This impossibly accomplished pianist, from China, credits his introduction to music to an episode of “Tom and Jerry” that used as its soundtrack Liszt’s Hungarian Rhapsody No. 2. The rest is history, and quite a remarkable one: winning a local piano competition at age 5, winning an International Tchaikovsky Competition at 13, selling out Carnegie Hall at 19, and later making Time magazine’s list of the 100 most influential people. He’s since scored music for video games and Golden Globe-winning movies and performed for dignitaries including Barack Obama, Queen Elizabeth II and Vladimir Putin. To have him grace our presence, where he’ll perform compositions by Bach, Tchaikovsky and Chopin, is an honor.

1. Abraham in Motion, Dec. 19-20

The “Abraham” in Abraham in Motion refers to Kyle Abraham, a dance phenom who became one of just 24 artists nationwide to receive a MacArthur Fellowship in 2013. Abraham choreographs dance that is rooted in ‘90s hip-hop fashion, music and ethos, inspired by everything from the civil rights activist W.E.B. Du Bois to John Singleton’s culture-defining film “Boys N The Hood.” In his piece “Pavement,” which makes its South Florida premiere at the Kravis, he reimagines Singleton’s movie as a dance work set in the historically black neighborhoods of Pittsburgh, where the legacy of jazz titans and successful small businesses has degenerated into gang violence and crack houses. A history of discrimination, genocide and poverty colors this personal canvas of movement, a sure-to-be highlight of the Center’s “Provocative Entertainment at Kravis” series.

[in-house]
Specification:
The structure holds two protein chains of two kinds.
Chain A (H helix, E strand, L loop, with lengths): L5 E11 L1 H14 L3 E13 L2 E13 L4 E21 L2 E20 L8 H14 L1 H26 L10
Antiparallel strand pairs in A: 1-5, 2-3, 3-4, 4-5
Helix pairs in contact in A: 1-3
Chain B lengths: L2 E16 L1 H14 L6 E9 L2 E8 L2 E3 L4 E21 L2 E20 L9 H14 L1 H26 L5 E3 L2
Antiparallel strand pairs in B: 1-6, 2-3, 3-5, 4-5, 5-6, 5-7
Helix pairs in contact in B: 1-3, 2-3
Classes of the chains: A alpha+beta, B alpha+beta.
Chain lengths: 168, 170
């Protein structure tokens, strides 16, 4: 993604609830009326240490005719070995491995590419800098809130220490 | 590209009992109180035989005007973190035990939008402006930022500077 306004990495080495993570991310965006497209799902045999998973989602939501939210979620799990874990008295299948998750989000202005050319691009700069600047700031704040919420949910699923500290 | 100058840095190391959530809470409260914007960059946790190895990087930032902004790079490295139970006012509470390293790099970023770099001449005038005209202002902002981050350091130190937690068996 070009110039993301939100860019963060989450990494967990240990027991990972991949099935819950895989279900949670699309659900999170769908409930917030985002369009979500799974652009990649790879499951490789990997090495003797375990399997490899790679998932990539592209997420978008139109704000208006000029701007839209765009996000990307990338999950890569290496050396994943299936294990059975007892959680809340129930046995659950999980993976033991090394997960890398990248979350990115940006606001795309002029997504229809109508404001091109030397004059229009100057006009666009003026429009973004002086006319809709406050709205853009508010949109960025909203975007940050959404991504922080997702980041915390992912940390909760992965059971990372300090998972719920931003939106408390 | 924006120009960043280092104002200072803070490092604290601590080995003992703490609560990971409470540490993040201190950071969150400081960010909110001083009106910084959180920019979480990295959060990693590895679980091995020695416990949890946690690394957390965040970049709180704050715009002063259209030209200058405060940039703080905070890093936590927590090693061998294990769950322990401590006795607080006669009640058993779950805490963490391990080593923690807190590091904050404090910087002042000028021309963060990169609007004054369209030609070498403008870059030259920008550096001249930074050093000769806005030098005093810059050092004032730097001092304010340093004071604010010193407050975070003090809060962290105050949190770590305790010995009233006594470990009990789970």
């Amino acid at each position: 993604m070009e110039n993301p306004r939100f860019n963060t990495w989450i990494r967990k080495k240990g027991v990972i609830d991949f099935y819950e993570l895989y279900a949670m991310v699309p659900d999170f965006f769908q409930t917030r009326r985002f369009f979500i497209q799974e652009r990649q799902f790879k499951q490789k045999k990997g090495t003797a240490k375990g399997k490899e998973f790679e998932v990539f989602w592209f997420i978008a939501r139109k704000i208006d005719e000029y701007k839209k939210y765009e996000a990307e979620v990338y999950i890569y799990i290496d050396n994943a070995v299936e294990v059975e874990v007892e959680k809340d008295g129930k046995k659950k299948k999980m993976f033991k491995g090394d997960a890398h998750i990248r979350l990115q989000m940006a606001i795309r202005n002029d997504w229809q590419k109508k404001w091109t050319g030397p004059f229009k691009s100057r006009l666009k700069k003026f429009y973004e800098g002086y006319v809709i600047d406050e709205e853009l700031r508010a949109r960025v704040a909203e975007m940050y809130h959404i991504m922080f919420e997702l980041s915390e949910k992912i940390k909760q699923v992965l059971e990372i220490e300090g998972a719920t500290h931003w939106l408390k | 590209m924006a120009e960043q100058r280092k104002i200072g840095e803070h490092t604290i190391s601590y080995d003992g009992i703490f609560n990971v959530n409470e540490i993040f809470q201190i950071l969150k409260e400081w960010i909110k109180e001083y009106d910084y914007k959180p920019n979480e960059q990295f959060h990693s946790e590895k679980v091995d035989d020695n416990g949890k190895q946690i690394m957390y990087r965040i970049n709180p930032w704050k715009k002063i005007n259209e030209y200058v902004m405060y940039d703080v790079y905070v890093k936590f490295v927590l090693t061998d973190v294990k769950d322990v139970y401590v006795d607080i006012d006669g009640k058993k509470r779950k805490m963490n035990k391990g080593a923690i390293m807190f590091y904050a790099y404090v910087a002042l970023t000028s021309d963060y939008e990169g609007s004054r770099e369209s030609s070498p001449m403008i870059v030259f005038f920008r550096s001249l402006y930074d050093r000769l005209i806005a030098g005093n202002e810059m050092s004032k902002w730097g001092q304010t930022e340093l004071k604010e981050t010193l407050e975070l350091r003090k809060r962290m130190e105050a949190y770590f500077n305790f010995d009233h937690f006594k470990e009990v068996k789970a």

To view the Kravis Center's full 2014-2015 season schedule, visit